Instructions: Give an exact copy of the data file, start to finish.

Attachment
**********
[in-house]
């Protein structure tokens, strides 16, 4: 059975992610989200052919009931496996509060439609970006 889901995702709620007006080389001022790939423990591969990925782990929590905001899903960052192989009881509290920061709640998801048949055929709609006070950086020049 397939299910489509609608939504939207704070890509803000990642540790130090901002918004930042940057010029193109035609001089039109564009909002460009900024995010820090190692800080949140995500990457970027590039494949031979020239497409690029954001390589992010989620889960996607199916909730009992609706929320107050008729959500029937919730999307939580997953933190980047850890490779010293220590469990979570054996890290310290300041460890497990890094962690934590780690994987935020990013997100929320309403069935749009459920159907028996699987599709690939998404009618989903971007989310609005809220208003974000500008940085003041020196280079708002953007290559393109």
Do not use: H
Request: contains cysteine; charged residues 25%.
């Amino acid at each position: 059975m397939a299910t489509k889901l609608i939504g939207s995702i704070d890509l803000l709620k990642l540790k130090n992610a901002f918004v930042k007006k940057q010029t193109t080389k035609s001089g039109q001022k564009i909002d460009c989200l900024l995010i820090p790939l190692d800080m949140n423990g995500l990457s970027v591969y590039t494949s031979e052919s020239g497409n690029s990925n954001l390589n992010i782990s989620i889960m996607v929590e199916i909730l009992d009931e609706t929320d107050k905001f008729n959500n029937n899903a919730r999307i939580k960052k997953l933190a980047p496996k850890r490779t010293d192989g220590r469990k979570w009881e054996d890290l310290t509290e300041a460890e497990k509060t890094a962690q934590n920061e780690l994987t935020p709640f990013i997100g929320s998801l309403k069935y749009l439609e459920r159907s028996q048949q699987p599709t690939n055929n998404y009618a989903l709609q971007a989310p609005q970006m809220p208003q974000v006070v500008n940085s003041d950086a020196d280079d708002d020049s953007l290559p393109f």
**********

[in-house]
């Protein structure tokens, strides 16, 4: 059975992610989200052919009931496996509060439609970006 889901995702709620007006080389001022790939423990591969990925782990929590905001899903960052192989009881509290920061709640998801048949055929709609006070950086020049 397939299910489509609608939504939207704070890509803000990642540790130090901002918004930042940057010029193109035609001089039109564009909002460009900024995010820090190692800080949140995500990457970027590039494949031979020239497409690029954001390589992010989620889960996607199916909730009992609706929320107050008729959500029937919730999307939580997953933190980047850890490779010293220590469990979570054996890290310290300041460890497990890094962690934590780690994987935020990013997100929320309403069935749009459920159907028996699987599709690939998404009618989903971007989310609005809220208003974000500008940085003041020196280079708002953007290559393109």
Do not use: H
Request: contains cysteine; charged residues 25%.
């Amino acid at each position: 059975m397939a299910t489509k889901l609608i939504g939207s995702i704070d890509l803000l709620k990642l540790k130090n992610a901002f918004v930042k007006k940057q010029t193109t080389k035609s001089g039109q001022k564009i909002d460009c989200l900024l995010i820090p790939l190692d800080m949140n423990g995500l990457s970027v591969y590039t494949s031979e052919s020239g497409n690029s990925n954001l390589n992010i782990s989620i889960m996607v929590e199916i909730l009992d009931e609706t929320d107050k905001f008729n959500n029937n899903a919730r999307i939580k960052k997953l933190a980047p496996k850890r490779t010293d192989g220590r469990k979570w009881e054996d890290l310290t509290e300041a460890e497990k509060t890094a962690q934590n920061e780690l994987t935020p709640f990013i997100g929320s998801l309403k069935y749009l439609e459920r159907s028996q048949q699987p599709t690939n055929n998404y009618a989903l709609q971007a989310p609005q970006m809220p208003q974000v006070v500008n940085s003041d950086a020196d280079d708002d020049s953007l290559p393109f």